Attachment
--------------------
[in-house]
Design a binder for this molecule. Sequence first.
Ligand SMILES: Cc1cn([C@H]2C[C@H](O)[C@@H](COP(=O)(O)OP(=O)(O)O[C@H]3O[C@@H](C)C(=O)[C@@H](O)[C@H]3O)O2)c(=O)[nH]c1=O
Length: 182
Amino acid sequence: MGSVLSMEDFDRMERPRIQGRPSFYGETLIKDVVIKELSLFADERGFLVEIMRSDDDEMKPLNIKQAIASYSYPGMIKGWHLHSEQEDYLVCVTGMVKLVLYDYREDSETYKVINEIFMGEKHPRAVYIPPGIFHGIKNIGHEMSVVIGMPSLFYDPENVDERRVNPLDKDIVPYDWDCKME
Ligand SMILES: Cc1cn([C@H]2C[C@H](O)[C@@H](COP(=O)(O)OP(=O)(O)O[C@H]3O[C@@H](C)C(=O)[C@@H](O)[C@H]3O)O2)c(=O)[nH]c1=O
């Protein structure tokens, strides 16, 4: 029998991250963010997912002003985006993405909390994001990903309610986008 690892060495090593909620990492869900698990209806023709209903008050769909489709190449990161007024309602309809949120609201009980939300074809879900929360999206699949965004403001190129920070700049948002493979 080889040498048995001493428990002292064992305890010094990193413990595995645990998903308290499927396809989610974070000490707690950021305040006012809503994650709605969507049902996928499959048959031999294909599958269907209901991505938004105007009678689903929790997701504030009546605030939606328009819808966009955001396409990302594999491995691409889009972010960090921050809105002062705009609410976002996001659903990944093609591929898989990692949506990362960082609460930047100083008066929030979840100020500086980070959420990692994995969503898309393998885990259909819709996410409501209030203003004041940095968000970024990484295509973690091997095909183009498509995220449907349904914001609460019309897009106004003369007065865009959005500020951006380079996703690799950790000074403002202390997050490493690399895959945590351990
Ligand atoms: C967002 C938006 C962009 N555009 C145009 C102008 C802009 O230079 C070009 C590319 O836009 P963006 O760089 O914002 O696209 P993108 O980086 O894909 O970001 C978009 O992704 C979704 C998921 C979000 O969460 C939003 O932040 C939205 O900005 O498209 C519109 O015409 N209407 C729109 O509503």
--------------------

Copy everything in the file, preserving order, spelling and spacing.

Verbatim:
[in-house]
Design a binder for this molecule. Sequence first.
Ligand SMILES: Cc1cn([C@H]2C[C@H](O)[C@@H](COP(=O)(O)OP(=O)(O)O[C@H]3O[C@@H](C)C(=O)[C@@H](O)[C@H]3O)O2)c(=O)[nH]c1=O
Length: 182
Amino acid sequence: MGSVLSMEDFDRMERPRIQGRPSFYGETLIKDVVIKELSLFADERGFLVEIMRSDDDEMKPLNIKQAIASYSYPGMIKGWHLHSEQEDYLVCVTGMVKLVLYDYREDSETYKVINEIFMGEKHPRAVYIPPGIFHGIKNIGHEMSVVIGMPSLFYDPENVDERRVNPLDKDIVPYDWDCKME
Ligand SMILES: Cc1cn([C@H]2C[C@H](O)[C@@H](COP(=O)(O)OP(=O)(O)O[C@H]3O[C@@H](C)C(=O)[C@@H](O)[C@H]3O)O2)c(=O)[nH]c1=O
């Protein structure tokens, strides 16, 4: 029998991250963010997912002003985006993405909390994001990903309610986008 690892060495090593909620990492869900698990209806023709209903008050769909489709190449990161007024309602309809949120609201009980939300074809879900929360999206699949965004403001190129920070700049948002493979 080889040498048995001493428990002292064992305890010094990193413990595995645990998903308290499927396809989610974070000490707690950021305040006012809503994650709605969507049902996928499959048959031999294909599958269907209901991505938004105007009678689903929790997701504030009546605030939606328009819808966009955001396409990302594999491995691409889009972010960090921050809105002062705009609410976002996001659903990944093609591929898989990692949506990362960082609460930047100083008066929030979840100020500086980070959420990692994995969503898309393998885990259909819709996410409501209030203003004041940095968000970024990484295509973690091997095909183009498509995220449907349904914001609460019309897009106004003369007065865009959005500020951006380079996703690799950790000074403002202390997050490493690399895959945590351990
Ligand atoms: C967002 C938006 C962009 N555009 C145009 C102008 C802009 O230079 C070009 C590319 O836009 P963006 O760089 O914002 O696209 P993108 O980086 O894909 O970001 C978009 O992704 C979704 C998921 C979000 O969460 C939003 O932040 C939205 O900005 O498209 C519109 O015409 N209407 C729109 O509503």